Disallow discrimination of any type; promote a culture of absolute inclusivity; identify and address personal biases; collaborate with others; and respect and protect the dignity and rights of all.
Principle 3: Governance
Promote the mission of the organization; possess the skills necessary to serve; fulfill responsibilities for the benefit of the organization and its public purposes; maintain oversight of programs, policies, finances, operations, and overall commitment to the mission.
Principle 4: Accountability
Fulfill professional and legal obligations to the organization in accordance with local, state, and federal laws, regulations, and employer policies; demonstrate responsible stewardship of all revenue; maintain adequate internal controls that include filings and/or audits conducted by a third-party certified public accounting firm; cooperate with all procedures and policies.
Principle 5: Conduct
Maintain professional conduct through continuous learning and personal growth; use caution and critical thinking when necessary; refrain from illegal and unethical actions; and encourage others to uphold legal and ethical actions.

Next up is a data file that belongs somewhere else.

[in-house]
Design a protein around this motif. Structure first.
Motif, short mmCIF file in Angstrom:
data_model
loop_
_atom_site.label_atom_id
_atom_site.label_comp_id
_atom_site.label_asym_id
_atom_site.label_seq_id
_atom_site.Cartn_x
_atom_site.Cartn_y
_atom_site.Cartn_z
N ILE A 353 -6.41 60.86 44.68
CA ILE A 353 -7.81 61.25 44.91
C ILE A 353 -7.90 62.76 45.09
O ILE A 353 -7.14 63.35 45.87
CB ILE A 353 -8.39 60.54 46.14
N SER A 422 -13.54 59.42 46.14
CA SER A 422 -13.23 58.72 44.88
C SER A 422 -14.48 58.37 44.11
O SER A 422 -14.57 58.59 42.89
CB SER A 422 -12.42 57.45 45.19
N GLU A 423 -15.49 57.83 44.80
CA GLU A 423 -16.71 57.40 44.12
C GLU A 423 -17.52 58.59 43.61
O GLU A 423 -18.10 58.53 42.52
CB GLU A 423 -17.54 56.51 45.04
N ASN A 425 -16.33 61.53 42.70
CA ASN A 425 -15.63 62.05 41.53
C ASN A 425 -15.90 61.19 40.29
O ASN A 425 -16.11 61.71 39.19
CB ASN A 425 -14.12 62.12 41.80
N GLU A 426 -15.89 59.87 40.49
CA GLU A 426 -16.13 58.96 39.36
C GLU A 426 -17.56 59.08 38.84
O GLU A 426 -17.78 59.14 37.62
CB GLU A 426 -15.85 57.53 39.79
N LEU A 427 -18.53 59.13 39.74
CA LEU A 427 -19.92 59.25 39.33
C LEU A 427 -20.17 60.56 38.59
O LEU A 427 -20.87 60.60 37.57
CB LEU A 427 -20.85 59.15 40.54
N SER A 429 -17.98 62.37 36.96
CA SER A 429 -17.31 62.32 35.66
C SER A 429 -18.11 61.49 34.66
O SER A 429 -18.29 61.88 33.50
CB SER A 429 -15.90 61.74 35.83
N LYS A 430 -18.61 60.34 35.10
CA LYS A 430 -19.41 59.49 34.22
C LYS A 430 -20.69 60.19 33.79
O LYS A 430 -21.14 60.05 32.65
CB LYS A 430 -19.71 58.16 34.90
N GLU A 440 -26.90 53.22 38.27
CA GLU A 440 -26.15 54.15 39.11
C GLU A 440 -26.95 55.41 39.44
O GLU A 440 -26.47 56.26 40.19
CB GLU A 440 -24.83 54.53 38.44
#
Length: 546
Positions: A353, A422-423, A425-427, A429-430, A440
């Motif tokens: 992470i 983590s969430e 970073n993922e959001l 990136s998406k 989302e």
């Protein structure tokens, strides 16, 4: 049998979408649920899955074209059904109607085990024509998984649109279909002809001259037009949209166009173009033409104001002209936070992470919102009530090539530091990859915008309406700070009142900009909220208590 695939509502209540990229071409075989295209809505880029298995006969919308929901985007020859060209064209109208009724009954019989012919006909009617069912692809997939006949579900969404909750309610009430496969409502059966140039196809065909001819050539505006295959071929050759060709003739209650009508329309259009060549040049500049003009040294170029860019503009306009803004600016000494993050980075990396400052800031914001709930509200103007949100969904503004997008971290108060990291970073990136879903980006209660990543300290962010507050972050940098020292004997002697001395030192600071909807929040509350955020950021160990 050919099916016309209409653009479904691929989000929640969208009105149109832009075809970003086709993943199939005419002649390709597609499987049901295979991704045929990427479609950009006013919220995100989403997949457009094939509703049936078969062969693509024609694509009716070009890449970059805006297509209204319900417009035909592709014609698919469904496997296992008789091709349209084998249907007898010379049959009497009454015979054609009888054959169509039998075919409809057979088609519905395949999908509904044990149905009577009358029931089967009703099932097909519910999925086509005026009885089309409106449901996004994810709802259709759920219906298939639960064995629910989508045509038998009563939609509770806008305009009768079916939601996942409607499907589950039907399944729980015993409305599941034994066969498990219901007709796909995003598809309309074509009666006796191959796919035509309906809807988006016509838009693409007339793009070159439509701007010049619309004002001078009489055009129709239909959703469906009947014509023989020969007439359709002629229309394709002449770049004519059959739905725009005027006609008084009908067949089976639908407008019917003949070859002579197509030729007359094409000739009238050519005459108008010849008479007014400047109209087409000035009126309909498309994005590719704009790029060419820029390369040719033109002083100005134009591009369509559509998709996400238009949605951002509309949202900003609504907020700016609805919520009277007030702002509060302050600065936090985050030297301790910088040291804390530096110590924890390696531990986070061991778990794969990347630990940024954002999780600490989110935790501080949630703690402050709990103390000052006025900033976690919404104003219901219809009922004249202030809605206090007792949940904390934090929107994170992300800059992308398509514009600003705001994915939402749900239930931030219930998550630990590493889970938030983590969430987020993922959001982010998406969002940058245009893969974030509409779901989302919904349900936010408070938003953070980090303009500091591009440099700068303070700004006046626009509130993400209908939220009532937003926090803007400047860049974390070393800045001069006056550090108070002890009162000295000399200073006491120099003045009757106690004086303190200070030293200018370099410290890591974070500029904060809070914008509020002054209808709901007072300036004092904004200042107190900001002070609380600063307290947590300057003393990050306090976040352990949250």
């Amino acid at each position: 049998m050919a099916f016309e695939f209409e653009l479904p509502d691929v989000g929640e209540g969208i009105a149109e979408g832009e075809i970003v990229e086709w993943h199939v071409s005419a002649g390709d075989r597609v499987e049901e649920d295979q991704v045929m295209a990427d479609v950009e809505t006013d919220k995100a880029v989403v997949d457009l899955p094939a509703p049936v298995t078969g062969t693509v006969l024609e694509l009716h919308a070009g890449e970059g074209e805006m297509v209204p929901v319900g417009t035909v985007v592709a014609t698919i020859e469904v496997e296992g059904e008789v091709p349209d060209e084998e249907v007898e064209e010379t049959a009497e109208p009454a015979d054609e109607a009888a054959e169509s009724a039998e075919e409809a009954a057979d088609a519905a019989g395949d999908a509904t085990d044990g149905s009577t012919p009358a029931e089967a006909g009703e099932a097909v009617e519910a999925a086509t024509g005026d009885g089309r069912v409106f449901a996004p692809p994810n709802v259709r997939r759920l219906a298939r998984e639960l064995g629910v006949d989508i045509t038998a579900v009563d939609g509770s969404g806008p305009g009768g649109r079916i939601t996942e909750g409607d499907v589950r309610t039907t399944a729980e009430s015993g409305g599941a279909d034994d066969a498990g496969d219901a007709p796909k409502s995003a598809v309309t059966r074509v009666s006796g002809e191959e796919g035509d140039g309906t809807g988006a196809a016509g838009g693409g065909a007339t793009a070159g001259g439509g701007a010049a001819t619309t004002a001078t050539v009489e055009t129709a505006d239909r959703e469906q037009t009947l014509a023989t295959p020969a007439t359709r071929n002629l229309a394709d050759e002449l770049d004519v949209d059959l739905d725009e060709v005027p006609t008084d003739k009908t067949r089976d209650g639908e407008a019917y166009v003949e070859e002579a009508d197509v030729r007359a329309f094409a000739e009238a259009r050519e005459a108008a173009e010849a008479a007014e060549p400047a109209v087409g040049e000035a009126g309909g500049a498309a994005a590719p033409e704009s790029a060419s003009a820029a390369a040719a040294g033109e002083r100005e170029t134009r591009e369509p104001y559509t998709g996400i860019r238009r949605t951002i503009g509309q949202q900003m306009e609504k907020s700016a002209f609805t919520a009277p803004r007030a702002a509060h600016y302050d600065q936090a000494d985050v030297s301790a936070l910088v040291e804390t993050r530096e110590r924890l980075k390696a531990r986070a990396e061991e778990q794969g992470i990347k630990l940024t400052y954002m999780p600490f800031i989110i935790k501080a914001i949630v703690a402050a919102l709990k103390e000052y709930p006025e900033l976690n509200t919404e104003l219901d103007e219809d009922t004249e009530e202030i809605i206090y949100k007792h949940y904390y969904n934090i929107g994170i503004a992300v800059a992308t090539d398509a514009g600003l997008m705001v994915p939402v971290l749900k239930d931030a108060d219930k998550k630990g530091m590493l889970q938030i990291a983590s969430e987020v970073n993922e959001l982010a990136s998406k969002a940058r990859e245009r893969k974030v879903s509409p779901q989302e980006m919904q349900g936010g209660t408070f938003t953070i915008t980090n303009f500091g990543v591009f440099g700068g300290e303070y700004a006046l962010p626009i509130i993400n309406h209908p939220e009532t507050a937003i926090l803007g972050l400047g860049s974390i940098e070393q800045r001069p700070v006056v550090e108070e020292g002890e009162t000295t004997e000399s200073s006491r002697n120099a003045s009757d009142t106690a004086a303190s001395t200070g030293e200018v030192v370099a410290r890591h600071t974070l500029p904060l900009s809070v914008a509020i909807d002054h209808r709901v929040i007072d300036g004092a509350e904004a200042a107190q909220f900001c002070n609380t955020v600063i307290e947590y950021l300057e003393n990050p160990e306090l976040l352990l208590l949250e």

What we do
Founded in 2019, Fort Worth Music Therapy Fund provides Music Therapy Grants to individuals seeking music therapy services and Internship Scholarships to music therapy students completing an internship as part of their course requirements for an accredited music therapy program.
Why we do it
In the state of Texas
01. Health Insurance
Health insurance companies occasionally cover music therapy. When covered, it is almost always considered out of pocket. This means that individuals often have to meet high deductible costs before even beginning the fight for coverage.
Many wait more than a decade to receive class waiver services
03. Out-of-Pocket Pay
Because insurance coverage is difficult to obtain and waivers have long interest lists, many people are forced to pay out of pocket for their services. This causes financial strain that often forces families to choose between therapies.
Fort Worth Music Therapy Fund
Fort Worth Music Therapy Fund was founded to support individuals, families, and facilities so that they do not fall between these funding gaps.